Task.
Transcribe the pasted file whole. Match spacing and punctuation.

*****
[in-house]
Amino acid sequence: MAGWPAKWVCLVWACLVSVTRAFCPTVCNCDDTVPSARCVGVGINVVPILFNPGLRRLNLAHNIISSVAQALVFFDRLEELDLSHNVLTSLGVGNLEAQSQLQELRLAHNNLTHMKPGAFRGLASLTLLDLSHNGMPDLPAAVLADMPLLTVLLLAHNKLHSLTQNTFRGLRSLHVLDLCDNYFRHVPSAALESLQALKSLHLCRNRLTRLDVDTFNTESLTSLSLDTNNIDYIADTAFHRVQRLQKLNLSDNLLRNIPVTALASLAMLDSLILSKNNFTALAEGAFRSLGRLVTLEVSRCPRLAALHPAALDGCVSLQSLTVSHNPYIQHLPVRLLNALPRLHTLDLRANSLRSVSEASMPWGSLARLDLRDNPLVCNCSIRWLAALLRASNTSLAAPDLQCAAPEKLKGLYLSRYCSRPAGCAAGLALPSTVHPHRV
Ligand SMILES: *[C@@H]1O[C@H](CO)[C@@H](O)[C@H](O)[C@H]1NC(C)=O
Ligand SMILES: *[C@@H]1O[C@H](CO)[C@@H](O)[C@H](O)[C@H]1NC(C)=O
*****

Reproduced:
[in-house]
Amino acid sequence: MAGWPAKWVCLVWACLVSVTRAFCPTVCNCDDTVPSARCVGVGINVVPILFNPGLRRLNLAHNIISSVAQALVFFDRLEELDLSHNVLTSLGVGNLEAQSQLQELRLAHNNLTHMKPGAFRGLASLTLLDLSHNGMPDLPAAVLADMPLLTVLLLAHNKLHSLTQNTFRGLRSLHVLDLCDNYFRHVPSAALESLQALKSLHLCRNRLTRLDVDTFNTESLTSLSLDTNNIDYIADTAFHRVQRLQKLNLSDNLLRNIPVTALASLAMLDSLILSKNNFTALAEGAFRSLGRLVTLEVSRCPRLAALHPAALDGCVSLQSLTVSHNPYIQHLPVRLLNALPRLHTLDLRANSLRSVSEASMPWGSLARLDLRDNPLVCNCSIRWLAALLRASNTSLAAPDLQCAAPEKLKGLYLSRYCSRPAGCAAGLALPSTVHPHRV
Ligand SMILES: *[C@@H]1O[C@H](CO)[C@@H](O)[C@H](O)[C@H]1NC(C)=O
Ligand SMILES: *[C@@H]1O[C@H](CO)[C@@H](O)[C@H](O)[C@H]1NC(C)=O